Honny Singh is a young man, just about to hit thirty, with a kind and calm air about him, but his journey to become the man he is today was not an easy one. He still bears the emotional scars of a complicated childhood, a difficult journey from India to Italy and the trouble of finding a sense of belonging that his experience has left him with. Today, however, Honny can count on a family and a region – Piedmont – which together have given him more than he could have imagined.
- Honny, tell us about your story.
My name is Honny Singh, I’m almost 30 and I moved to Italy from India with my brother in 2006. It was really hard at the start. Imagine not just being in a different country but in a foreign continent, where you can’t speak the language and don’t know anything about the people who live there. To top it all off, we lived alone with our father. He taught us everything, but there were many times when we had to make it on our own without him. After this our mother also came over, I found a job and the ball started rolling. I began to learn the language and meet people and my life began to fall into place. I met my wife Sara at an Indian dance course and we had a beautiful baby girl who is now 2 years old.
- What does food mean to you?
Food represents a really strong bond for our community. A bond with India obviously, our country, our home. We nearly always cook traditional Indian food, and the ingredients are readily-available as my mother sells them in her shop. Some of these include well-known chicken curry dishes but also rasgulla, a delicious dessert made with little balls of cheese cooked in cardamom syrup, water and sugar. We also cook Indian-Italian fusion food, but I have to admit that my daughter loves spicy food!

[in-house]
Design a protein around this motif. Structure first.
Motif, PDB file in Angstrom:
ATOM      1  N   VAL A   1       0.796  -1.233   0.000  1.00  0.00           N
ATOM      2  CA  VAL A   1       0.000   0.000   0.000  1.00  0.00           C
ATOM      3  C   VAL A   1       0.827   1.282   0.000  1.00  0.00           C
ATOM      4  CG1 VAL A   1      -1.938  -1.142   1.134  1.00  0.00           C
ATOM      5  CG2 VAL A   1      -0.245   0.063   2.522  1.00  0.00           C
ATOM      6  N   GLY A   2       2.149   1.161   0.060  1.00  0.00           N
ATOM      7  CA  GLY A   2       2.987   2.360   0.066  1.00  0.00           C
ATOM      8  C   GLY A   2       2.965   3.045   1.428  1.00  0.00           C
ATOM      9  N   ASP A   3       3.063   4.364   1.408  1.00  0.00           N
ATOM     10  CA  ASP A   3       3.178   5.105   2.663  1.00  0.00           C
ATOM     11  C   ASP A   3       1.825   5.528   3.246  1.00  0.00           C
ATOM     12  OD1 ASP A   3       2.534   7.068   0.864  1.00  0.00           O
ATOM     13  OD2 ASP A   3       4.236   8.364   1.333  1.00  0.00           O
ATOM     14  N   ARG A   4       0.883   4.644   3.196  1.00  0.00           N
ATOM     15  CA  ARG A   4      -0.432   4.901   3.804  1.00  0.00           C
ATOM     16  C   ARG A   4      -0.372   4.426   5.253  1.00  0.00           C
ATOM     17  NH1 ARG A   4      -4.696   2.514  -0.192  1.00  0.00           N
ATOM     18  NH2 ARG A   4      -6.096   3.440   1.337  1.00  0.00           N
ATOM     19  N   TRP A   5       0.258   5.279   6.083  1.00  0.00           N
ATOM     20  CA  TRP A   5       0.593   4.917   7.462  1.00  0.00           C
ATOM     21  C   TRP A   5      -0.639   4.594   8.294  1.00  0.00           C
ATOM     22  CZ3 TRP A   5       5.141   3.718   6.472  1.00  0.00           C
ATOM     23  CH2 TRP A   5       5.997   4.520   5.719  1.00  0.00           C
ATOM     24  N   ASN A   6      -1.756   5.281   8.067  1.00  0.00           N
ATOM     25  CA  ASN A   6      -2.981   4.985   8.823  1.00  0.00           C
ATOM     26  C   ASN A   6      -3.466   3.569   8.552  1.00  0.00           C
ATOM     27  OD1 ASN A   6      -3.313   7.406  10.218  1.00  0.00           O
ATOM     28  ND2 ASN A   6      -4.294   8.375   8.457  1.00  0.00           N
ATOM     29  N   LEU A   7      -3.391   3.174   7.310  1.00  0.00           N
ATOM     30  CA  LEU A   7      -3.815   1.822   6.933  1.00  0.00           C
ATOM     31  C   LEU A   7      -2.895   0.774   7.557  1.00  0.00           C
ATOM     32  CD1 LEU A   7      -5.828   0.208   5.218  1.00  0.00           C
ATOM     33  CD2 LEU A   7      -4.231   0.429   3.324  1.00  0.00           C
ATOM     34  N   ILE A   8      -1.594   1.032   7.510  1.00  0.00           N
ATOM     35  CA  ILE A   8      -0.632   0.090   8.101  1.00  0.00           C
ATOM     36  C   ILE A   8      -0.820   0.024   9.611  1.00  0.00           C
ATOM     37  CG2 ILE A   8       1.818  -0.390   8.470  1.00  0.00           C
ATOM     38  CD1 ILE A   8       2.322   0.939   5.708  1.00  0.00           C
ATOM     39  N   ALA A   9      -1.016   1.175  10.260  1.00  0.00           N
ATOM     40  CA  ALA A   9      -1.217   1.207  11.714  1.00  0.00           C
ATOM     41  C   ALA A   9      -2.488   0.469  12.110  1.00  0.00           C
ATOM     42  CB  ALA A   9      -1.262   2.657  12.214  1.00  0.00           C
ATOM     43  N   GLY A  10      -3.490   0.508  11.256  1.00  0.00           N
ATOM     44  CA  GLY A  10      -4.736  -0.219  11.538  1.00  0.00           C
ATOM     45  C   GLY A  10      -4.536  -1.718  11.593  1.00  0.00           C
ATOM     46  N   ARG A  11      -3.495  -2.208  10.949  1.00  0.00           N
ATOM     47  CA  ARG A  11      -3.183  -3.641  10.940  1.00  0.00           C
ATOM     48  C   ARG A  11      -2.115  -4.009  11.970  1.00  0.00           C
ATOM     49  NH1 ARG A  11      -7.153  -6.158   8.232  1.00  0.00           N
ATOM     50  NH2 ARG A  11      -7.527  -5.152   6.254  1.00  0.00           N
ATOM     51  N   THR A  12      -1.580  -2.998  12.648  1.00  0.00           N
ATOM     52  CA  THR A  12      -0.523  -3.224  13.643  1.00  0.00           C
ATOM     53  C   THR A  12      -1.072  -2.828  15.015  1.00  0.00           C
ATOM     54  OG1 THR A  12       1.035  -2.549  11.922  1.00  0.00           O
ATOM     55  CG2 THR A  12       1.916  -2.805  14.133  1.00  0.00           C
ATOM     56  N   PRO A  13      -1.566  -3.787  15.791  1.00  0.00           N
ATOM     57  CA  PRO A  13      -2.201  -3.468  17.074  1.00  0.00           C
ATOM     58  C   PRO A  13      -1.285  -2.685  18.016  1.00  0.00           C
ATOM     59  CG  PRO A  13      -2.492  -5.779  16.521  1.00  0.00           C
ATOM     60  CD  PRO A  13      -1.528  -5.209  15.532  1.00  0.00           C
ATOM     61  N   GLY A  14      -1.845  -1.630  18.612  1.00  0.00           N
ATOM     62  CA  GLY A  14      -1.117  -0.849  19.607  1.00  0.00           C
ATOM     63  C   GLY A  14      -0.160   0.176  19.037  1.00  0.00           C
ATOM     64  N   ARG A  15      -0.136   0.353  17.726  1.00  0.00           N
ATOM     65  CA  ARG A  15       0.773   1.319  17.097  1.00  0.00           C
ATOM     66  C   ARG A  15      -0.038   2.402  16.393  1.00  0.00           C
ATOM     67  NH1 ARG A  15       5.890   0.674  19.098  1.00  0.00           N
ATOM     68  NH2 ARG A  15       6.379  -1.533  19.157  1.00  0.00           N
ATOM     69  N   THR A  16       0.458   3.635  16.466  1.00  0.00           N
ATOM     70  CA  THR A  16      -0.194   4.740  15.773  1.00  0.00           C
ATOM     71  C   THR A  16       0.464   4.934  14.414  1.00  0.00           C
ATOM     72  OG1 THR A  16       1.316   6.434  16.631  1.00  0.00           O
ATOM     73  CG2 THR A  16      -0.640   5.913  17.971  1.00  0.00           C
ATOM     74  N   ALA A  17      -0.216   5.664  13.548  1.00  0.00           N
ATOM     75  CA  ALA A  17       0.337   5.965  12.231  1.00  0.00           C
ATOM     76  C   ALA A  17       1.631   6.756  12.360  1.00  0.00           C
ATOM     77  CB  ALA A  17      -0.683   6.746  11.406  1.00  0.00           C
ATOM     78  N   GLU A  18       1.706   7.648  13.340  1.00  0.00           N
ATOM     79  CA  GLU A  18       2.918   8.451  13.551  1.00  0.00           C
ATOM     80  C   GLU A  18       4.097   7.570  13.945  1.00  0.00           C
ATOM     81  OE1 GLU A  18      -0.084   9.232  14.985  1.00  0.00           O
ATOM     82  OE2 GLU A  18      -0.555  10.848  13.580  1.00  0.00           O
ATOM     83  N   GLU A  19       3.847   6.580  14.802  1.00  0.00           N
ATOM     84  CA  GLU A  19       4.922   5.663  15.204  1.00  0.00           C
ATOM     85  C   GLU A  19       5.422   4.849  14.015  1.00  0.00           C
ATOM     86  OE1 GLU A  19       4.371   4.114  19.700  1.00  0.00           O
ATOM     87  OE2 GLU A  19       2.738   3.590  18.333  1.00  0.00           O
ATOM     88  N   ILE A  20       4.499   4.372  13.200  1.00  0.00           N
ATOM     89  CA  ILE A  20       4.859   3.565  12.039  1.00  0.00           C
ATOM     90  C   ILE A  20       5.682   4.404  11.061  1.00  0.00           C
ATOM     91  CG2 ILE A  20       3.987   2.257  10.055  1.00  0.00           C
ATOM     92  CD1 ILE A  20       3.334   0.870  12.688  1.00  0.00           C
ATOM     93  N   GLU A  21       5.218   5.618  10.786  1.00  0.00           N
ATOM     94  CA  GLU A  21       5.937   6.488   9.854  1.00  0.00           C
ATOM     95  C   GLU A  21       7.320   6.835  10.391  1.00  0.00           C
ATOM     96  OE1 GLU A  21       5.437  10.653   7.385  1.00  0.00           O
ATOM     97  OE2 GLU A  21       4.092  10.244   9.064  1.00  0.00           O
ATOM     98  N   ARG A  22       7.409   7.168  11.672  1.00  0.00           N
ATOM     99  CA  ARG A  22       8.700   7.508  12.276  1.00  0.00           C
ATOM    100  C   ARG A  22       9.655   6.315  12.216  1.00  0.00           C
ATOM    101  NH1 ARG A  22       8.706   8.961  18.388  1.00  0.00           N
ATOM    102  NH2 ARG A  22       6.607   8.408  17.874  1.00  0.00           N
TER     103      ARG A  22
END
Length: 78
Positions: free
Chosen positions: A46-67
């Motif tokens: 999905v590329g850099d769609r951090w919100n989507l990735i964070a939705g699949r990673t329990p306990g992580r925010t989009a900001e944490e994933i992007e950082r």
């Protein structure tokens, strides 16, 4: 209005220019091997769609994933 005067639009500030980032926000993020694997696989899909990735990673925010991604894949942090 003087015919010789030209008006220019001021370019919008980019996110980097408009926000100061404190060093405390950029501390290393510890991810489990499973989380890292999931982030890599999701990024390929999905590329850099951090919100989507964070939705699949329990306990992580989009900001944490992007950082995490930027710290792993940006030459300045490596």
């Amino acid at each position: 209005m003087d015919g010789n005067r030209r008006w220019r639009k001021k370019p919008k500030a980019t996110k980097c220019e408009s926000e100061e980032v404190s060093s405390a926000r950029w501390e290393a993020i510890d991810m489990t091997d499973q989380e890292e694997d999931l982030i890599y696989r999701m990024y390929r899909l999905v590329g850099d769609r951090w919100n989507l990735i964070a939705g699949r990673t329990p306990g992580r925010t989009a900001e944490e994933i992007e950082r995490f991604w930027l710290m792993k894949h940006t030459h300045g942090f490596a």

- How do you stay in contact with your community and how do you engage with your newfound Piedmontese community?
We often take part in small local events like traditional Indian dance courses, parties and dinner parties with Indian food. In this way we can teach the people of Piedmont about Indian culture as food plays a key part in connecting communities and foreign counties. Thanks to this intercultural element, Italy has become my home. A good example of this is our relationship with the Sikh community in Marine (Cuneo) who we meet with every Sunday to pray and eat.
- From the Migranti Film Festival to Terra Madre: what would you like to bring to the Salone del Gusto 2018?
I would like to bring my story and the story of my community to Terra Madre, a story filled with difficulties that were then overcome, a story filled with old and new friendships, a story filled with food and sharing. Just like at the Migranti Film Festival I would like to teach people about our food and meet people from all over the world, including groups coming from India and migrants already living in Piedmont. In short, creating links between countries all over the world that all cross paths in Piedmont, my second home.